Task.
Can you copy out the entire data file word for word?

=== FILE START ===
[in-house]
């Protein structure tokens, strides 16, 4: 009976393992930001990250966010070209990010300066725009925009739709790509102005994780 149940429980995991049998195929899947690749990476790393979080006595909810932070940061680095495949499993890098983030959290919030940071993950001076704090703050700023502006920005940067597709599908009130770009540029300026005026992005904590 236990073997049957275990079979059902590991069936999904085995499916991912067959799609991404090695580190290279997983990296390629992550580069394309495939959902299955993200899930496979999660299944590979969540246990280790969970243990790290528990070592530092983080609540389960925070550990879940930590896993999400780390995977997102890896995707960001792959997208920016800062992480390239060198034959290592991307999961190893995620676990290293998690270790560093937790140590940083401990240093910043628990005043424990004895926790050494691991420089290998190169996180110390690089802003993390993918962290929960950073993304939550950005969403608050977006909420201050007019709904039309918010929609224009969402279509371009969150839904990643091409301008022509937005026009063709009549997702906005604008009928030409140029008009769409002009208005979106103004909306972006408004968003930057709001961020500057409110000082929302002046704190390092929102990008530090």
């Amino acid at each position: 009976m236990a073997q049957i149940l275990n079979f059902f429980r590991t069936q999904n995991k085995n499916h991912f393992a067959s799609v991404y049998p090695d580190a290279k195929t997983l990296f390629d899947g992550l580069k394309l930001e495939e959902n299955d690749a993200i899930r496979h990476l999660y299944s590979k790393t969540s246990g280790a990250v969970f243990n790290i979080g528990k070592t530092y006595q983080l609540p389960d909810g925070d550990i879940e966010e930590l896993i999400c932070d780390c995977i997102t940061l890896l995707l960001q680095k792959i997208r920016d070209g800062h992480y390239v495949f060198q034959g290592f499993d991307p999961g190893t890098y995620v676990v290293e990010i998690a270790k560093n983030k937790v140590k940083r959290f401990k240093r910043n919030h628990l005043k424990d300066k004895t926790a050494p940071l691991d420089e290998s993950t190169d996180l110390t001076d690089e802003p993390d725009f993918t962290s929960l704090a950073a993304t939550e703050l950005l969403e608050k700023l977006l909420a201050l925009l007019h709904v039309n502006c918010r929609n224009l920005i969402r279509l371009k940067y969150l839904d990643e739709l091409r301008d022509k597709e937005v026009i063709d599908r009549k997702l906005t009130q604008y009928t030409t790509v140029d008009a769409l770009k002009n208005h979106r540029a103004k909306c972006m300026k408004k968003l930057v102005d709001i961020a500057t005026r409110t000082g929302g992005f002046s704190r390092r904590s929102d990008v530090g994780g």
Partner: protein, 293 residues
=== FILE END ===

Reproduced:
[in-house]
């Protein structure tokens, strides 16, 4: 009976393992930001990250966010070209990010300066725009925009739709790509102005994780 149940429980995991049998195929899947690749990476790393979080006595909810932070940061680095495949499993890098983030959290919030940071993950001076704090703050700023502006920005940067597709599908009130770009540029300026005026992005904590 236990073997049957275990079979059902590991069936999904085995499916991912067959799609991404090695580190290279997983990296390629992550580069394309495939959902299955993200899930496979999660299944590979969540246990280790969970243990790290528990070592530092983080609540389960925070550990879940930590896993999400780390995977997102890896995707960001792959997208920016800062992480390239060198034959290592991307999961190893995620676990290293998690270790560093937790140590940083401990240093910043628990005043424990004895926790050494691991420089290998190169996180110390690089802003993390993918962290929960950073993304939550950005969403608050977006909420201050007019709904039309918010929609224009969402279509371009969150839904990643091409301008022509937005026009063709009549997702906005604008009928030409140029008009769409002009208005979106103004909306972006408004968003930057709001961020500057409110000082929302002046704190390092929102990008530090």
């Amino acid at each position: 009976m236990a073997q049957i149940l275990n079979f059902f429980r590991t069936q999904n995991k085995n499916h991912f393992a067959s799609v991404y049998p090695d580190a290279k195929t997983l990296f390629d899947g992550l580069k394309l930001e495939e959902n299955d690749a993200i899930r496979h990476l999660y299944s590979k790393t969540s246990g280790a990250v969970f243990n790290i979080g528990k070592t530092y006595q983080l609540p389960d909810g925070d550990i879940e966010e930590l896993i999400c932070d780390c995977i997102t940061l890896l995707l960001q680095k792959i997208r920016d070209g800062h992480y390239v495949f060198q034959g290592f499993d991307p999961g190893t890098y995620v676990v290293e990010i998690a270790k560093n983030k937790v140590k940083r959290f401990k240093r910043n919030h628990l005043k424990d300066k004895t926790a050494p940071l691991d420089e290998s993950t190169d996180l110390t001076d690089e802003p993390d725009f993918t962290s929960l704090a950073a993304t939550e703050l950005l969403e608050k700023l977006l909420a201050l925009l007019h709904v039309n502006c918010r929609n224009l920005i969402r279509l371009k940067y969150l839904d990643e739709l091409r301008d022509k597709e937005v026009i063709d599908r009549k997702l906005t009130q604008y009928t030409t790509v140029d008009a769409l770009k002009n208005h979106r540029a103004k909306c972006m300026k408004k968003l930057v102005d709001i961020a500057t005026r409110t000082g929302g992005f002046s704190r390092r904590s929102d990008v530090g994780g």
Partner: protein, 293 residues